السبت، 27 سبتمبر، 2014

A Heart Can Be in Two Places

On being a diaspora, Akram's detention and remembering September 2013

Last Monday was my second day in UK for the first time, knowing that I'll be away from home for a long cold year. I was extremely sad to leave my family and friends behind, missing a lot of major incidents in their life and in Sudan as a whole. I was alert to the new environment and very excited to explore the place in my very own way. On the other hand I was looking on my Facebook updates and learnt that Akram and so many others got arrested. Akram, on my farewell party told me to study hard and not to worry about incidents happening in Sudan I promised him to do so if he wouldn't get arrested/ kidnapped. He couldn't keep his promise at least for one day.

Akram is one of the bravest persons that I ever met. He spares no effort to bring NCP down, help the patients who lack funds to get emergency medical care and always stands by your side in the hard times. Akram was arrested several times since June 2014, being physically and psychologically tortured for hours and he never wanted people to speak about his arrests. Although I disagree with him but he thinks campaigning for detainees would take time and efforts of the actual regime change activities. I met Akram last year abroad, he fled Sudan in 2012 after escaping arrest attempts and receiving threats from NISS. Akram had a great sense of humor, he made me laugh and we became friends in no time. He was the man who cried because of being forcibly displaced. His heart is as big as his voice.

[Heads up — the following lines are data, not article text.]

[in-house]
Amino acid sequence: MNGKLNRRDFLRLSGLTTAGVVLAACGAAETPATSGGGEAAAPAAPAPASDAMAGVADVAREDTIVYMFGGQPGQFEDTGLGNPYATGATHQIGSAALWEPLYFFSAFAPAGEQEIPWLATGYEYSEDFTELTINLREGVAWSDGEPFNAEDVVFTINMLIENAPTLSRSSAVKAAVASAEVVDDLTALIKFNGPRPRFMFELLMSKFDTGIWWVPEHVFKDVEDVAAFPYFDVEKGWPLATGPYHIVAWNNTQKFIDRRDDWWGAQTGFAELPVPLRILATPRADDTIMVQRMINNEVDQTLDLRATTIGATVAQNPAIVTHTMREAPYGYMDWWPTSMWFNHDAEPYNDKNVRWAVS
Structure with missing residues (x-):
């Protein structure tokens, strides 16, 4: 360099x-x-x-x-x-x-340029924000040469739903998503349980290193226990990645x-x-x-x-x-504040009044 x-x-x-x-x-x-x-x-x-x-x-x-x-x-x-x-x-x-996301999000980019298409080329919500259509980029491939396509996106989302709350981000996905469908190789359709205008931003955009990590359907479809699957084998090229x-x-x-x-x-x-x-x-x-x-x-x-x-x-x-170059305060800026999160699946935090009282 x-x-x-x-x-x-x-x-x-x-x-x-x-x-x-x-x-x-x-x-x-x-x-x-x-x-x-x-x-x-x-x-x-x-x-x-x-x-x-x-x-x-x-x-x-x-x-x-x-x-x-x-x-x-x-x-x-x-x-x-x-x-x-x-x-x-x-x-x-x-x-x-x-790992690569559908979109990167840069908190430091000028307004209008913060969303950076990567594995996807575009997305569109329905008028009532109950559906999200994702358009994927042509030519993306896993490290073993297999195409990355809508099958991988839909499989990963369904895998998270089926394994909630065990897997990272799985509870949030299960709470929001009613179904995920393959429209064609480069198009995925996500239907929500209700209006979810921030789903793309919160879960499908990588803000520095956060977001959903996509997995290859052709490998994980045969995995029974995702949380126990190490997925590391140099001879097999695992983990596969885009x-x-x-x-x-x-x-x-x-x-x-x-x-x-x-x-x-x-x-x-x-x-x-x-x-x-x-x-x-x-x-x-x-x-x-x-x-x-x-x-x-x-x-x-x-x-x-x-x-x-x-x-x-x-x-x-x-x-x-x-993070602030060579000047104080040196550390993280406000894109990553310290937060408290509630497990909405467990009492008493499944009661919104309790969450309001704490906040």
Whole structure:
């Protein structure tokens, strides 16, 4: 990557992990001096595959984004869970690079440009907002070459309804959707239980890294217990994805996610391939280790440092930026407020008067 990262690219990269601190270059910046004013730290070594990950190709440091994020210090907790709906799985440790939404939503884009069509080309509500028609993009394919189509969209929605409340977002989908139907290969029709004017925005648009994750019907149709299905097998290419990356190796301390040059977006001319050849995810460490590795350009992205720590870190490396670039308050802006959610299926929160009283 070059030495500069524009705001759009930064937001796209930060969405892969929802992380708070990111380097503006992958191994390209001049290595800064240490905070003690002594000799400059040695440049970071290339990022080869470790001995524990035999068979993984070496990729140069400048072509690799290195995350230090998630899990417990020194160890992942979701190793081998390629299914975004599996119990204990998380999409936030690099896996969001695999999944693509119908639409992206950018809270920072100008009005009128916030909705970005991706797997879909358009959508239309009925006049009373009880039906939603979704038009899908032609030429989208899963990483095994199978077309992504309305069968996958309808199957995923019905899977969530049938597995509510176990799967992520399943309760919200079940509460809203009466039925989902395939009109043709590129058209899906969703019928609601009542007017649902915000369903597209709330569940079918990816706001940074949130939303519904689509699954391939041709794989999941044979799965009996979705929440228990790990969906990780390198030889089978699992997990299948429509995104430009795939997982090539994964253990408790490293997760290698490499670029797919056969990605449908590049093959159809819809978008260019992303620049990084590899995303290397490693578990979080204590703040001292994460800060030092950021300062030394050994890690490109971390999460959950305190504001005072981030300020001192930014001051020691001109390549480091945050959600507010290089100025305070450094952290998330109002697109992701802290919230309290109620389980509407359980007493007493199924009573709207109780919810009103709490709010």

I was running all back to my laptop to check "Facebook" updates to the extent that I started not to really read the detainees names and learn about what happened to them. I realized that I've to pull my self out. I cannot make it this way, I cannot get an MA while I spend most of the day scanning my Facebook home page and I should start to care less. I thought about showing some solidarity to my detained friends and I felt that I should not; a Facebook post without taking the streets seems to me like doing nothing at all; it will only drag me back to my worries, concerns and being helpless.